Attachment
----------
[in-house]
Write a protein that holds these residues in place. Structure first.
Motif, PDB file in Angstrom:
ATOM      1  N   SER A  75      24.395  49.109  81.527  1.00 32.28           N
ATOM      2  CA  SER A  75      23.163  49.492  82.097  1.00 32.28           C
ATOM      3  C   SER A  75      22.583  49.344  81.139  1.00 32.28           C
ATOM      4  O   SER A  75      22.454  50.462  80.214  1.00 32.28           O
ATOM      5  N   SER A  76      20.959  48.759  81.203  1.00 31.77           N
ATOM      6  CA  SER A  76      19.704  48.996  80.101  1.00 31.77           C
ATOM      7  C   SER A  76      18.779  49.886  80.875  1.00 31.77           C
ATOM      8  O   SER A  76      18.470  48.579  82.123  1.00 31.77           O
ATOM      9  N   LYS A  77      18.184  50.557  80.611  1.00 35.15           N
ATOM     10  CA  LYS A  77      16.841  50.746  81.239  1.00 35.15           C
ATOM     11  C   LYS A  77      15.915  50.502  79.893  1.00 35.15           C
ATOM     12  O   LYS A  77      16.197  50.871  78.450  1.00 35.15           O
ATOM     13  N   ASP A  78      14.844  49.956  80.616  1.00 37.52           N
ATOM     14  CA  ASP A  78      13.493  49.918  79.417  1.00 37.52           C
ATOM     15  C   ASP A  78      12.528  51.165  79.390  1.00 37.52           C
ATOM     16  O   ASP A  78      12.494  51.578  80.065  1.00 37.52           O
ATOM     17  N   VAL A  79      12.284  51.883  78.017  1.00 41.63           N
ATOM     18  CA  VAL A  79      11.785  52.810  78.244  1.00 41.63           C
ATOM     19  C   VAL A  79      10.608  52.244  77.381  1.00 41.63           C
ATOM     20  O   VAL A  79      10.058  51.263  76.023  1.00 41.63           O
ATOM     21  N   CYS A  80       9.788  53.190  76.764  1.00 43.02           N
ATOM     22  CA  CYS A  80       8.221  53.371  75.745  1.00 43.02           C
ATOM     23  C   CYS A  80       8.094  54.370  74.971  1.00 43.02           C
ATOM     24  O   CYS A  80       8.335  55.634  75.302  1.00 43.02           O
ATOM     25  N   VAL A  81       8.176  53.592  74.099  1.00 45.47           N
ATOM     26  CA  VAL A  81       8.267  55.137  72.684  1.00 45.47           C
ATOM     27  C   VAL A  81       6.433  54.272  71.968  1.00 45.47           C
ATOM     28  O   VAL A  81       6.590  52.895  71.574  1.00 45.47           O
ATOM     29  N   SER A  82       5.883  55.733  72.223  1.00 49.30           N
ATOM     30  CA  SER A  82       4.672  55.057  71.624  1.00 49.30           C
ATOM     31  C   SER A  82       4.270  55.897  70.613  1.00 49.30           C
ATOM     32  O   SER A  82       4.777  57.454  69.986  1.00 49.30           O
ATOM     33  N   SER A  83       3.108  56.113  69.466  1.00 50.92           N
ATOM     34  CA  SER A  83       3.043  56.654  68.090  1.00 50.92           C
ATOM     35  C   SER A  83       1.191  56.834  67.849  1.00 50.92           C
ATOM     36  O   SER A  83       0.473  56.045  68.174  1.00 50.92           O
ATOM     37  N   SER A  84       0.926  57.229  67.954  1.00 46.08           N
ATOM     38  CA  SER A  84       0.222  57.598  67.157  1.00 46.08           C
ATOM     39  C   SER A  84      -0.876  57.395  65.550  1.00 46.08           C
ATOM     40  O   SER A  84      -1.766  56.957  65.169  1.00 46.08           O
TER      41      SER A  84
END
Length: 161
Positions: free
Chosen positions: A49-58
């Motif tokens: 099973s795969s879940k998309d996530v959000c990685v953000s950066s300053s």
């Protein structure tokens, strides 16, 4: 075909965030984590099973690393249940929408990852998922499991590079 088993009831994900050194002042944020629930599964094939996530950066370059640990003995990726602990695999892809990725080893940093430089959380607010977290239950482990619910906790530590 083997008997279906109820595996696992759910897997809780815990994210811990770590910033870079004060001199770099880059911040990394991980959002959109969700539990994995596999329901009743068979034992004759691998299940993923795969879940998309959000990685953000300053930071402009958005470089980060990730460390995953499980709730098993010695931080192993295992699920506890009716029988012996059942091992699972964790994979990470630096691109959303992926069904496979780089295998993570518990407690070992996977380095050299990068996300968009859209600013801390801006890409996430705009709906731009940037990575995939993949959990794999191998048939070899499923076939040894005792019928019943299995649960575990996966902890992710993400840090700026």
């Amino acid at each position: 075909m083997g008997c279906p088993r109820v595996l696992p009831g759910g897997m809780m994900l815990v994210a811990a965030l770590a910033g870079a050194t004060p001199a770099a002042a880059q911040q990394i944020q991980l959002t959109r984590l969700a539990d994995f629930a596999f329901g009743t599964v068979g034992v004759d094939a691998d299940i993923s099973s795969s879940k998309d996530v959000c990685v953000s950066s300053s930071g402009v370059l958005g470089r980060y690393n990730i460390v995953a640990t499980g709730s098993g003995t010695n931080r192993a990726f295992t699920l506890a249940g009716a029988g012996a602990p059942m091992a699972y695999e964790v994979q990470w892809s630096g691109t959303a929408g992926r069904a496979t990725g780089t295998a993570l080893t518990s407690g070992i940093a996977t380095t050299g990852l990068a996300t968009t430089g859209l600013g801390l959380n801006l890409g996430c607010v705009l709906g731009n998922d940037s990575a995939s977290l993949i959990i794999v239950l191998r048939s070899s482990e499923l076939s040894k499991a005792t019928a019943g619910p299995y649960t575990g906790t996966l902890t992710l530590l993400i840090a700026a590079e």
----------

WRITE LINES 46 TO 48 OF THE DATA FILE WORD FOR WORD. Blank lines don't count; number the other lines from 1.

Length: 161
Positions: free
Chosen positions: A49-58